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Louise Carrie Wales, IDSVA





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This dissertation is a response to Martin Heidegger’s call to action asserted at the conclusion of his oft-cited essay, “The Question Concerning Technology,” in which he offers the realm of art as the mainspring for our emancipation from the grip of technological enframing. The following chapters investigate artists Martha Rosler, Christian Boltanski, Krzysztof Wodiczko and finally, collaborators Noor Mirza and Brad Butler, whose artworks offer a counterbalance to the erosion of the human capacity for thought as a particular feature of our Being, or Dasein, as proposed by Heidegger. Their shared characteristic lies in truth’s manifestation within artworks as happenings or events rather than a quest for fixed certainty or correspondence. Through their work, the artists catalyze a reckoning, compelling the viewer to question and reflect on his intersubjective ethical responsibility for the other. The common thread connecting them is a powerful shifting of thought — in a distinctly revelatory acting upon the viewer’s awareness. I will argue that, as technological aesthetic narratives are increasingly sophisticated and nuanced, politically conscious artists such as these become better able to harness their potential voices in deeply critical ways allowing the inter-subjective ethos of care to manifest and thrive in dialogic expressions of truth. Furthermore, they begin to formulate a way of considering and using technology that not only resists enframing by interrogating the very essence of our relationship with it, but also functions as a way of engaging with the question of Being itself (which encompasses Heidegger’s fundamental project). In the end, this dissertation will demonstrate that Being comes to itself in the site of exchange as his/her awareness of responsibility grows and thought is returned to its poetical dwelling. In these times of narrowed perspectives and technological addiction qua enframing, Heidegger’s call to action and the works responding to it must be brought to the fore and celebrated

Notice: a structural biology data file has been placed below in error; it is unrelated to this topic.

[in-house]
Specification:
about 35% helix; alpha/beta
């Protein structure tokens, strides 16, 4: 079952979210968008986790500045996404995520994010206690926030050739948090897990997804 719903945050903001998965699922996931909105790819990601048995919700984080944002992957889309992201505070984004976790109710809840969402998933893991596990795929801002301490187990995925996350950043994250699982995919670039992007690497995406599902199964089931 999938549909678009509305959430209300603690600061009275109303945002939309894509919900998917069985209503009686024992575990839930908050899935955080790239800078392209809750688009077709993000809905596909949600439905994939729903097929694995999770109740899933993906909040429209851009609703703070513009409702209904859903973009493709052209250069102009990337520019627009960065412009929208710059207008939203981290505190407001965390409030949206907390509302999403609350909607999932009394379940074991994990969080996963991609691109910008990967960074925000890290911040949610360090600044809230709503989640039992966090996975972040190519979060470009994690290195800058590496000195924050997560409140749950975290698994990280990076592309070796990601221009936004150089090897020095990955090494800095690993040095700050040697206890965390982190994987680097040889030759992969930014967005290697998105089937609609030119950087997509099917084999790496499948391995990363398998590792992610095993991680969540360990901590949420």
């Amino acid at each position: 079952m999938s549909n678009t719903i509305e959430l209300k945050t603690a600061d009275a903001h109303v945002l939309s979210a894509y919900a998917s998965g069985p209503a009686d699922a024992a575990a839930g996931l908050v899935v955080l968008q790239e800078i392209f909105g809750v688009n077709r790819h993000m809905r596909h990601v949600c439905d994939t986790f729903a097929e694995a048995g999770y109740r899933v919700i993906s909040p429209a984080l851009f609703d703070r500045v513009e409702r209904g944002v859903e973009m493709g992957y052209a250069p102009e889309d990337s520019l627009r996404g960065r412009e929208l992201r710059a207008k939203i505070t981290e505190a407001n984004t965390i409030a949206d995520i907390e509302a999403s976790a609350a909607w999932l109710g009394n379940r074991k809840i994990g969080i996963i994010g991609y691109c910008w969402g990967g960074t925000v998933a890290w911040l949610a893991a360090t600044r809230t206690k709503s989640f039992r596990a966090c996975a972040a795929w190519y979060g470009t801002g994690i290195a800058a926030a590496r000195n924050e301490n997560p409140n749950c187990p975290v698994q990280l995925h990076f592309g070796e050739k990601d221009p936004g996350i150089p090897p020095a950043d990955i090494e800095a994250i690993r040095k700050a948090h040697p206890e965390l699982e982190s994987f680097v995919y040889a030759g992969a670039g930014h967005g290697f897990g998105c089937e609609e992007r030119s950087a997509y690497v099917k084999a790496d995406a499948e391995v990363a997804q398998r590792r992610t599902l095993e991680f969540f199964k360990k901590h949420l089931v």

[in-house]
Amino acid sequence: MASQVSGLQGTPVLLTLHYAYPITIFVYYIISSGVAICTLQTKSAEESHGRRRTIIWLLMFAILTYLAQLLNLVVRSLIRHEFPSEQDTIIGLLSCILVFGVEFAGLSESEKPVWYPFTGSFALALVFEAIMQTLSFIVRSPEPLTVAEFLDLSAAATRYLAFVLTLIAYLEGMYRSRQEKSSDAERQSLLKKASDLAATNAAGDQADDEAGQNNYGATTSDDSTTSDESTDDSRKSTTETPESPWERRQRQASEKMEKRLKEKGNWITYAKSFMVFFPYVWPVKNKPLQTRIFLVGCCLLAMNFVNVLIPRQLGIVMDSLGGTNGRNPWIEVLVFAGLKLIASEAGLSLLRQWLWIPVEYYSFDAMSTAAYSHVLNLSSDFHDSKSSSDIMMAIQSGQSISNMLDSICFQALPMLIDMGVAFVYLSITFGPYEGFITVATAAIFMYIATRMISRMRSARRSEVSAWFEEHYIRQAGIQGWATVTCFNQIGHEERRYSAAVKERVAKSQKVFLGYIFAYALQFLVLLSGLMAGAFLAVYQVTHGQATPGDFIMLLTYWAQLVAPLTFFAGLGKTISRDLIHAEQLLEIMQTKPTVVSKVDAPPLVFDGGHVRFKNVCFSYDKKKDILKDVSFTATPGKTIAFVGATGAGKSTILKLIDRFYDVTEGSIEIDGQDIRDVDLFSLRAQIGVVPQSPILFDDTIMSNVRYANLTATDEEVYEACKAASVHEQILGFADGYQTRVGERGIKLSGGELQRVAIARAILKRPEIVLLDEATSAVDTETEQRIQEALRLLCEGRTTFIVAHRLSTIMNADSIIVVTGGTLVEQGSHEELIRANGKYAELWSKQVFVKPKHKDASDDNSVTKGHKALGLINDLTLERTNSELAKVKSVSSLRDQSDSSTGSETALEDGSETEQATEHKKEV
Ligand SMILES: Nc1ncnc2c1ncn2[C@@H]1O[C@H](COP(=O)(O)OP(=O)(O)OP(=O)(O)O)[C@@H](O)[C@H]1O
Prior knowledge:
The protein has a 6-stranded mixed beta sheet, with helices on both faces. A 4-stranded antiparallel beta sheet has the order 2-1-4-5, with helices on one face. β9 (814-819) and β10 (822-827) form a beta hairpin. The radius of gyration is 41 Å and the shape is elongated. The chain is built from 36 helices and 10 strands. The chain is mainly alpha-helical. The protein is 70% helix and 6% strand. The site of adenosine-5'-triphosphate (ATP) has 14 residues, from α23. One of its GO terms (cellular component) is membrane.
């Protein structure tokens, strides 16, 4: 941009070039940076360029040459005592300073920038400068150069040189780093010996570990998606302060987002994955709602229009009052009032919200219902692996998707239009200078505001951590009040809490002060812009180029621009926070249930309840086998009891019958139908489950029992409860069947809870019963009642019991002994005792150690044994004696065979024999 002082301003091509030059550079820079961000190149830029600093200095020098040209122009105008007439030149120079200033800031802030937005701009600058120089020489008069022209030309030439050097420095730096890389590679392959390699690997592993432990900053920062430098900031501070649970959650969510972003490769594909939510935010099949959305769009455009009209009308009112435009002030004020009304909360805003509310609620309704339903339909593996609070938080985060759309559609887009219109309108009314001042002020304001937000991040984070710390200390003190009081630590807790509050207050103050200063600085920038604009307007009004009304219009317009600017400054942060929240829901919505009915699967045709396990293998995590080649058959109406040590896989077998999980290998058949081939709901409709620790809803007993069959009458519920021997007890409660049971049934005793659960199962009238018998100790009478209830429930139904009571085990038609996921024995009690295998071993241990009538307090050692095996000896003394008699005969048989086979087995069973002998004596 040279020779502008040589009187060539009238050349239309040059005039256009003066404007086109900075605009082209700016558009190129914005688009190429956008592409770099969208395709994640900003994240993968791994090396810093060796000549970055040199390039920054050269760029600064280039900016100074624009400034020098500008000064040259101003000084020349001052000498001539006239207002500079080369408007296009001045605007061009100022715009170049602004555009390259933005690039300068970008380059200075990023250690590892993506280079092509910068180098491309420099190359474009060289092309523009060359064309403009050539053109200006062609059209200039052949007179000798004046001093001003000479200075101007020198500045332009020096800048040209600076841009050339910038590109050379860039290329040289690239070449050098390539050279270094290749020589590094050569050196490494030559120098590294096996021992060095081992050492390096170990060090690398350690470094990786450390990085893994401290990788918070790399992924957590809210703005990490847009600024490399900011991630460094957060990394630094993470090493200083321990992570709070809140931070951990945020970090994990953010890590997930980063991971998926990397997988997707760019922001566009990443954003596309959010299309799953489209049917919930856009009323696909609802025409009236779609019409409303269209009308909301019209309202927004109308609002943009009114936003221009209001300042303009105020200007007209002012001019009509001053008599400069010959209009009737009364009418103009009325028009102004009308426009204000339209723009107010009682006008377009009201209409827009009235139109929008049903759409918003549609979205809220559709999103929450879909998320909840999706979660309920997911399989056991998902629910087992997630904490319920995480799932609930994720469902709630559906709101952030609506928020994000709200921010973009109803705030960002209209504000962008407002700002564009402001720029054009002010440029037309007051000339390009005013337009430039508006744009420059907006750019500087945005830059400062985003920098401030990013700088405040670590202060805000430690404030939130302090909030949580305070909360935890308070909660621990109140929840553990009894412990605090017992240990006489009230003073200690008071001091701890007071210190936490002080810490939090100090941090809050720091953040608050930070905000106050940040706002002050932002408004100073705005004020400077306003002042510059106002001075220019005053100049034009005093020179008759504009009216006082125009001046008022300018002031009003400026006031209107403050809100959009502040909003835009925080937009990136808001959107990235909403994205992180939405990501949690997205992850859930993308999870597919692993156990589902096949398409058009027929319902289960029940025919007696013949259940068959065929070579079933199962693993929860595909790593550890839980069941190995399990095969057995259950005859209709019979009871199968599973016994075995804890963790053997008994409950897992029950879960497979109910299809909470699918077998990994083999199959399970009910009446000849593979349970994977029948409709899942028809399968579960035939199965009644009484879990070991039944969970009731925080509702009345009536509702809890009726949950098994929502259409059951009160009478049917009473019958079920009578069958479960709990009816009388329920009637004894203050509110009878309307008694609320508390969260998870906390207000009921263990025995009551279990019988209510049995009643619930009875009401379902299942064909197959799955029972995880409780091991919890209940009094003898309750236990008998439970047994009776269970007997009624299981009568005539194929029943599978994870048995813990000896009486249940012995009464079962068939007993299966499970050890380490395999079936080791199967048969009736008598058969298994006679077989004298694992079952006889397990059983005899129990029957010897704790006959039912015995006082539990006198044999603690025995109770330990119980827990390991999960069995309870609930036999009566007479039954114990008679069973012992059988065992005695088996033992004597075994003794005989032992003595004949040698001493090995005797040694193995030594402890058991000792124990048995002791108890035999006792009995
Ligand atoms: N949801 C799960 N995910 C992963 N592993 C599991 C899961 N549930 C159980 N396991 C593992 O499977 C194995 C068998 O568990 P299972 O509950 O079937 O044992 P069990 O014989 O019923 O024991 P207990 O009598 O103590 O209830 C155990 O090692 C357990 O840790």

Aesthetics | Art Practice | Philosophy




Portland ME

In Response to Heidegger’s Plea: Alētheia and the Open Space for Thinking and Freedom Through Art



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